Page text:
But the more ambitious project for a sustainable environment developed is the Bhutan for Life joint collaboration with the World Wildlife Fund and Bhutan that is based on the Wall Street ideas of generating a $40 million fund known as a project finance for permanence (PFP) deal. This fund will help the government of Bhutan transition over 15 years to where it can permanently finance the parks as part of its budget. It's a single closing, bringing together the public sector, development agencies, banks, foundation and individuals in a single project—in this case to achieve conservation at scale. The money is released as the government checks off its deliverables (such as a non-green vehicle tax), or ensuring that any revenue generated inside the parks stays in the parks. The idea is to build a modern Bhutan built on the bedrock of traditional good practices, crafted by the principles of conservation and sustainable development, ensuring progressive convergence of nature, culture and economic vibrancy. It shall conserve Bhutan's natural capital and address environmental challenges for sustainable development and healthy living.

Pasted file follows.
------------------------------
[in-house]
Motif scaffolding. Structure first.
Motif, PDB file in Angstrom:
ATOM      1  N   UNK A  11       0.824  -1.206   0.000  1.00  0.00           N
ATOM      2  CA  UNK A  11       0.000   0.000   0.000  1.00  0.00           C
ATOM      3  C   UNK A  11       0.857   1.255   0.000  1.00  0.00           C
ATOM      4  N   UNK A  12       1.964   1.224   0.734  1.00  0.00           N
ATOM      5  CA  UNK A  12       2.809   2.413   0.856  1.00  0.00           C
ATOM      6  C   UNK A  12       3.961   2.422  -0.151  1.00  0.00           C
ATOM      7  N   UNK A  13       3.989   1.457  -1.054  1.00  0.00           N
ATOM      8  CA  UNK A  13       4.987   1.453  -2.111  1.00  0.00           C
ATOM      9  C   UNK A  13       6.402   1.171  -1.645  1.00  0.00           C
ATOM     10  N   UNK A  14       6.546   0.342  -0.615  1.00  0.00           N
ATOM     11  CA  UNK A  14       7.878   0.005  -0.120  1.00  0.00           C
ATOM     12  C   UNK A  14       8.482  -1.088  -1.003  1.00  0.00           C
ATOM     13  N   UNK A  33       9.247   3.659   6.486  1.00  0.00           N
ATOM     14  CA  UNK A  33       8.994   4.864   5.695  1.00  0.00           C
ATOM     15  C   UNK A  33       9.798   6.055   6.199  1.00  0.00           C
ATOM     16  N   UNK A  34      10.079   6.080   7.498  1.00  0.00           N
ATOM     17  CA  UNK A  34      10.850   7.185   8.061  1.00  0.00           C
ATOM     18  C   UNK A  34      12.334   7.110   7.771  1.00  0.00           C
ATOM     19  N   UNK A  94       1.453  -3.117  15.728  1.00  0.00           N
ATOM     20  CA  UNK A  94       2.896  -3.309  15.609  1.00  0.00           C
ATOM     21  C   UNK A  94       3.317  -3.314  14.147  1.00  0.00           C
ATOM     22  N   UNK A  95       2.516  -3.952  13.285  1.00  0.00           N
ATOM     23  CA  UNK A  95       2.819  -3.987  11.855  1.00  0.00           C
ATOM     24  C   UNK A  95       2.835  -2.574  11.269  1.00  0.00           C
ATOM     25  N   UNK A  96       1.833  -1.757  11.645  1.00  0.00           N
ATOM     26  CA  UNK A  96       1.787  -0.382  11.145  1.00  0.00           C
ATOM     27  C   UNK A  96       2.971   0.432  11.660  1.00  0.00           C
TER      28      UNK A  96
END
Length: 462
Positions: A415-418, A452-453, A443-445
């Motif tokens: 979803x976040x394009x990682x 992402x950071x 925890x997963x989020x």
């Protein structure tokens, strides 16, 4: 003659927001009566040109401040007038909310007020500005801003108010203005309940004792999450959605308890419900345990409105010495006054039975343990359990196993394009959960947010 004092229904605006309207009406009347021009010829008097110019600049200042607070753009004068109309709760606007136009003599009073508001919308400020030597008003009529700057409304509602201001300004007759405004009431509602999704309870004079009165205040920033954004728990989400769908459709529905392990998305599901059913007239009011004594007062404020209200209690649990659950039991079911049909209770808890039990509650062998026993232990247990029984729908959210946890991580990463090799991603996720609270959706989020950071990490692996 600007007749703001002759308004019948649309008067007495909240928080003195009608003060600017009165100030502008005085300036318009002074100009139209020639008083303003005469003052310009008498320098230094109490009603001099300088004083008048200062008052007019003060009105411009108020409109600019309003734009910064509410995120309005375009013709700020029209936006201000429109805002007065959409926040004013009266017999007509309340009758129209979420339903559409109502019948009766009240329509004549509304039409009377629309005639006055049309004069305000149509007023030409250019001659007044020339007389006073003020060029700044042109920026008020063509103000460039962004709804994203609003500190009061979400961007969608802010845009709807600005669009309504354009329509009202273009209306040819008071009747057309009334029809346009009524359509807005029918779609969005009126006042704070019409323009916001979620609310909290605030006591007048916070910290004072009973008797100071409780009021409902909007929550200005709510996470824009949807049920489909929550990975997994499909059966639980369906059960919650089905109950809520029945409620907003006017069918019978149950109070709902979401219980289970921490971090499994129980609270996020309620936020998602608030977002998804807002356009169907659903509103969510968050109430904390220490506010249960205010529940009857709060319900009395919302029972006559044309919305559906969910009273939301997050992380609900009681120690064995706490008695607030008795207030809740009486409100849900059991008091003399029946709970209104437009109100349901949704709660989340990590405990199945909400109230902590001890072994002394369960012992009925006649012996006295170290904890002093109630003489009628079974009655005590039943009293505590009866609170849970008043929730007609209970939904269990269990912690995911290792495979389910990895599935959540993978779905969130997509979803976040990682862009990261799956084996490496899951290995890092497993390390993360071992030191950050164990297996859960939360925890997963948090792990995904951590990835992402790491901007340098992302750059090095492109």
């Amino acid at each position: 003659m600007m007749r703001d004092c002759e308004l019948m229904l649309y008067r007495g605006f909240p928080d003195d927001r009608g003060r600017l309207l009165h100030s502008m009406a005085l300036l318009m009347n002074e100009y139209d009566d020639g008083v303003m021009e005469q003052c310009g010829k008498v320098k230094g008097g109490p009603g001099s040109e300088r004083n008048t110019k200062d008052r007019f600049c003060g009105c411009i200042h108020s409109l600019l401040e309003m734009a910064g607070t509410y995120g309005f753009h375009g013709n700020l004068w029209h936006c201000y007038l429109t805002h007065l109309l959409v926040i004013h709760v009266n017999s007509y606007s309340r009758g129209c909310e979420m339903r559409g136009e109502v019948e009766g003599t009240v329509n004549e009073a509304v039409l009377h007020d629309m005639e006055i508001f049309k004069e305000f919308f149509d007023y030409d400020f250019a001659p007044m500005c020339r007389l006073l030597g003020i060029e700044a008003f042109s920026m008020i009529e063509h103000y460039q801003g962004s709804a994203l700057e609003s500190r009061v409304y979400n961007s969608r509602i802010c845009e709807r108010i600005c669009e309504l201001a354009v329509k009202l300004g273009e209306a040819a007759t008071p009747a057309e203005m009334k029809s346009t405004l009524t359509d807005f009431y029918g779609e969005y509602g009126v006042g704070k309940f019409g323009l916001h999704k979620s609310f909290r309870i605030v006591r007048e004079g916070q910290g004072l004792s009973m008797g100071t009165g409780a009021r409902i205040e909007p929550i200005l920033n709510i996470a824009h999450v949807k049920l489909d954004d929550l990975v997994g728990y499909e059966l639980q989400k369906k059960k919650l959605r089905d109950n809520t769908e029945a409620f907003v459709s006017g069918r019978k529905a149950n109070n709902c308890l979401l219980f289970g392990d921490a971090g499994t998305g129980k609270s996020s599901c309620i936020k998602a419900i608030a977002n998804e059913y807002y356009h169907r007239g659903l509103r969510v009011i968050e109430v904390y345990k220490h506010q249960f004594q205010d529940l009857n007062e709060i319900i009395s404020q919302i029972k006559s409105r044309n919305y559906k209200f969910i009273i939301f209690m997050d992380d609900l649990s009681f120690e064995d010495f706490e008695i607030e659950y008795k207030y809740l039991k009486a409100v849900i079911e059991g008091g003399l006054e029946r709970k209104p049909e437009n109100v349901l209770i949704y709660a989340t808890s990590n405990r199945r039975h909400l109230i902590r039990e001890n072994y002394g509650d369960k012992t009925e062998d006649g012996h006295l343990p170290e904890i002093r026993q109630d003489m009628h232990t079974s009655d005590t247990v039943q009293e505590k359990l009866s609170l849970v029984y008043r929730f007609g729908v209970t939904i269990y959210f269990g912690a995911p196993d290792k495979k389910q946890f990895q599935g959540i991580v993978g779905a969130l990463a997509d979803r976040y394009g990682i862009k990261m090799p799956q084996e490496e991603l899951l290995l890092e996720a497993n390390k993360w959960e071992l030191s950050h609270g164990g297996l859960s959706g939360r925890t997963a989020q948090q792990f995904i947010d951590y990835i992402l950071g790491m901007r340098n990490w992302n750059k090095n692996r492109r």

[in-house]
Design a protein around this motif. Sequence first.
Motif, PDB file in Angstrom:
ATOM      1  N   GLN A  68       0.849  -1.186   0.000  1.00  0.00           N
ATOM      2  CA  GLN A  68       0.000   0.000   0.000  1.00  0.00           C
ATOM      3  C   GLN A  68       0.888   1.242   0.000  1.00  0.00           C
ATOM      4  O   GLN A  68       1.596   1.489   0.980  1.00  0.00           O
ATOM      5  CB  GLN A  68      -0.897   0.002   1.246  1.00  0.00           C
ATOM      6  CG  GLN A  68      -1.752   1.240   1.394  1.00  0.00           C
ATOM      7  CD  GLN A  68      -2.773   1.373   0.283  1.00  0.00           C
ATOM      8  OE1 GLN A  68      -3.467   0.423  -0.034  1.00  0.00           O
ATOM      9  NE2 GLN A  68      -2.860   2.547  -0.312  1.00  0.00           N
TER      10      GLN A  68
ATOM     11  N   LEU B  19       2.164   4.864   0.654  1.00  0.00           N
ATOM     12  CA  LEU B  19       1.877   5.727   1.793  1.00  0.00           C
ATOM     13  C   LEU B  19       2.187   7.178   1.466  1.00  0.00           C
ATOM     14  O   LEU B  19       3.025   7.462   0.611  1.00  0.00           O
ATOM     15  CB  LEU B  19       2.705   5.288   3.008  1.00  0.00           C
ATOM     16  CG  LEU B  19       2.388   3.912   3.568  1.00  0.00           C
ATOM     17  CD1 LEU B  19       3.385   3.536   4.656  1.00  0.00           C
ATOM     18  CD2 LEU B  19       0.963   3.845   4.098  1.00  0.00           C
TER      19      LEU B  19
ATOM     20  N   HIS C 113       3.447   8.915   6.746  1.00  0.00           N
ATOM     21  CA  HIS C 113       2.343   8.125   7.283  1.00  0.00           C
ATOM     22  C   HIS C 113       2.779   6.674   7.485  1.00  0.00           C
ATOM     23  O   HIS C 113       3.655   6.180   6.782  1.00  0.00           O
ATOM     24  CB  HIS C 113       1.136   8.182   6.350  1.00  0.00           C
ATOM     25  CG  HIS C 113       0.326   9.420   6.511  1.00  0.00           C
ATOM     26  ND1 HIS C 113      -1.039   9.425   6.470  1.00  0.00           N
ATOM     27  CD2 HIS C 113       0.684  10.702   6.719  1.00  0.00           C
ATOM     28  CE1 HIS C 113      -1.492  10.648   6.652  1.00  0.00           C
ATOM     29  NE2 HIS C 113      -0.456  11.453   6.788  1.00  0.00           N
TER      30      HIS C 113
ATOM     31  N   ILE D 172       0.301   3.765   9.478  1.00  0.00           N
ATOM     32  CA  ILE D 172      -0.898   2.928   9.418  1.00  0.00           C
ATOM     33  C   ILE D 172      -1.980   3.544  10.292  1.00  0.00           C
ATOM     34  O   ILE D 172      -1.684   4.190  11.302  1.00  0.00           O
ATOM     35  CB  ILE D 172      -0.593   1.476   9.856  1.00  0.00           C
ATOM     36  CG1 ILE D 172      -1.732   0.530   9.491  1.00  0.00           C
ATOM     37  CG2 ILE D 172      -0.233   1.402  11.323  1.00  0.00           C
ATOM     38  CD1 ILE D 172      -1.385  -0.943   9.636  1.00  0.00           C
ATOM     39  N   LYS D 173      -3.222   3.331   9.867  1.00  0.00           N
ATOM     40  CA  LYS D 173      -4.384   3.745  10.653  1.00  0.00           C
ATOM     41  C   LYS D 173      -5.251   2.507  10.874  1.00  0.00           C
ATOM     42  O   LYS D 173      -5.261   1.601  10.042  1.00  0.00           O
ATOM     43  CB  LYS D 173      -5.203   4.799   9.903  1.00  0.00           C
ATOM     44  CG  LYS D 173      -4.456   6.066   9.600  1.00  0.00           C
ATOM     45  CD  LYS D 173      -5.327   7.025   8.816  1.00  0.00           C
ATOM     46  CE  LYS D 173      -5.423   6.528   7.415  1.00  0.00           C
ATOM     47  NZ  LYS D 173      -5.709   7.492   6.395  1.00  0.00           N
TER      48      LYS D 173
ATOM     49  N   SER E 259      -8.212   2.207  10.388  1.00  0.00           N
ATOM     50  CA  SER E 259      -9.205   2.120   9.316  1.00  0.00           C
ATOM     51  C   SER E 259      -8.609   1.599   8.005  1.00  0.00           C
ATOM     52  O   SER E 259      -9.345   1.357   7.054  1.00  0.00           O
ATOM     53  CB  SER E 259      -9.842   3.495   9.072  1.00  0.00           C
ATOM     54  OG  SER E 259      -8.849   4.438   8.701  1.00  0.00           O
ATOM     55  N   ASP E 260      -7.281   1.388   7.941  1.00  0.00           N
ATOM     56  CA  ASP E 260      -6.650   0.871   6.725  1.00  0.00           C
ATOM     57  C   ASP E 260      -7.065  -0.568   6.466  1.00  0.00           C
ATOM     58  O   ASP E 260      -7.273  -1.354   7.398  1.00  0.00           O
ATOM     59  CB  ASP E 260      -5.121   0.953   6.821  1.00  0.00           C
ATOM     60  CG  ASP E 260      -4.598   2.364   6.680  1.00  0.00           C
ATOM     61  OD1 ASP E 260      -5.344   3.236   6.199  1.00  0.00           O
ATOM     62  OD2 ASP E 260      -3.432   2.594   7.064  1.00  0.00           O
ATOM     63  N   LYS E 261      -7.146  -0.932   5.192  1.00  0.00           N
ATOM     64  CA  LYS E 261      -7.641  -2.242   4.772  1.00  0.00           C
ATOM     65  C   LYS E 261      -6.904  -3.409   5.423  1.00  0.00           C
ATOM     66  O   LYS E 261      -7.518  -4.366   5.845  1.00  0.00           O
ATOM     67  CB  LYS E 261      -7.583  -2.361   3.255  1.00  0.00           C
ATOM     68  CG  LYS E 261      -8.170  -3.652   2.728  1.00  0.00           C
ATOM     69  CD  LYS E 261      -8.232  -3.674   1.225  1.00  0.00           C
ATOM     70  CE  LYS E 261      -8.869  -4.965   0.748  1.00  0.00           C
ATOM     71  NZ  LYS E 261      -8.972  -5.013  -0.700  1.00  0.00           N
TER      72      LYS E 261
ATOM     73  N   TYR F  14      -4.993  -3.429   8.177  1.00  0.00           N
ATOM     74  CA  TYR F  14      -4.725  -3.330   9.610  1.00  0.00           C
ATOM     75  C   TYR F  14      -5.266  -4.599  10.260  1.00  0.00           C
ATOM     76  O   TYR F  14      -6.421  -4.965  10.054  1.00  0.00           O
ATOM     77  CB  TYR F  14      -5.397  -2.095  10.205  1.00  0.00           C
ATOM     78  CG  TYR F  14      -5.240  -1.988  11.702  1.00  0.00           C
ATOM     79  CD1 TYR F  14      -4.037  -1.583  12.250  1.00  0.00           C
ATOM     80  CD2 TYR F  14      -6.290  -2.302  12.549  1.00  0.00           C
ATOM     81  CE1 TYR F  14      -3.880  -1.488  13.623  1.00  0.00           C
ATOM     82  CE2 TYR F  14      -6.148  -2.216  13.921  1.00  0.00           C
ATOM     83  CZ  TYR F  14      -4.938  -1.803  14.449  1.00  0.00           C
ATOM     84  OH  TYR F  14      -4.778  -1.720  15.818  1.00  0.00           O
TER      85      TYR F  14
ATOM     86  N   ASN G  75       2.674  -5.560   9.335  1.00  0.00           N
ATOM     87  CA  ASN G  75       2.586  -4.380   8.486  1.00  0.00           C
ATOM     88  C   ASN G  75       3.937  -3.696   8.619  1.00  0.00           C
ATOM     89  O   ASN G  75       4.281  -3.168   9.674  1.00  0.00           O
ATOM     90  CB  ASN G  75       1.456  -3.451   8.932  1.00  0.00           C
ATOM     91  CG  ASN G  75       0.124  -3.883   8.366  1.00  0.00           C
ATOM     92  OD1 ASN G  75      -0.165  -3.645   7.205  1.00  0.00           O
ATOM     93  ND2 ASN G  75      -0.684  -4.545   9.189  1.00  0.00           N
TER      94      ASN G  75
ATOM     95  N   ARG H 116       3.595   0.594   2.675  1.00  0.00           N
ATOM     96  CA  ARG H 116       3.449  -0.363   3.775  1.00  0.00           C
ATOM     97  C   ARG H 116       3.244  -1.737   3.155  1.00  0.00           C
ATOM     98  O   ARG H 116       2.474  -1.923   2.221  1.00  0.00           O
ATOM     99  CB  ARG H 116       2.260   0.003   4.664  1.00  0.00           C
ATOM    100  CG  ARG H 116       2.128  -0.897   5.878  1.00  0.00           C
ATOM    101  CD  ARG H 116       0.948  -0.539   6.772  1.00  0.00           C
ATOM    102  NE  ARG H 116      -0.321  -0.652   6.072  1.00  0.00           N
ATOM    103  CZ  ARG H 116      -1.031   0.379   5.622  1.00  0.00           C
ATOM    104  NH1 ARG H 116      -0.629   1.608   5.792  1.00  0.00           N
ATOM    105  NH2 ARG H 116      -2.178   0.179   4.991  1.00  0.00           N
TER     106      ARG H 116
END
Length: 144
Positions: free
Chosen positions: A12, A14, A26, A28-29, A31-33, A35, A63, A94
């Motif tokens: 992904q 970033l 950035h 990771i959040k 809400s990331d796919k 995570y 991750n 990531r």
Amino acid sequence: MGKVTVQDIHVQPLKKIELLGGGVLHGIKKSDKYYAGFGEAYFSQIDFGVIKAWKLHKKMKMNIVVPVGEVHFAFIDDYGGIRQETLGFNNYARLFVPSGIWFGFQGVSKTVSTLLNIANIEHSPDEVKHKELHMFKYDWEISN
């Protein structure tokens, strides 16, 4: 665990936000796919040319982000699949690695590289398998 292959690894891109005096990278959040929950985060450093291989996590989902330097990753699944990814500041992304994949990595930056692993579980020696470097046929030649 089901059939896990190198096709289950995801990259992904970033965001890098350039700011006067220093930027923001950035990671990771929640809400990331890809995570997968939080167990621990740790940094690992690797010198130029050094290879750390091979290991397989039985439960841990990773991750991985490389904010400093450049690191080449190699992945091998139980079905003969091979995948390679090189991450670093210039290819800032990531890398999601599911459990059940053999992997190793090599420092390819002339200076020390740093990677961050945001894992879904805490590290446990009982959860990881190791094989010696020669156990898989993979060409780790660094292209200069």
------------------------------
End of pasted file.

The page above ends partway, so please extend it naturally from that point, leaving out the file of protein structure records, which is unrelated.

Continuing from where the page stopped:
However, more interest ' We are witnessing the daily impact of climate change in our lives and it is no more something that belongs to the distant past or something that would not touch our lives.




Monday, May 20, 2019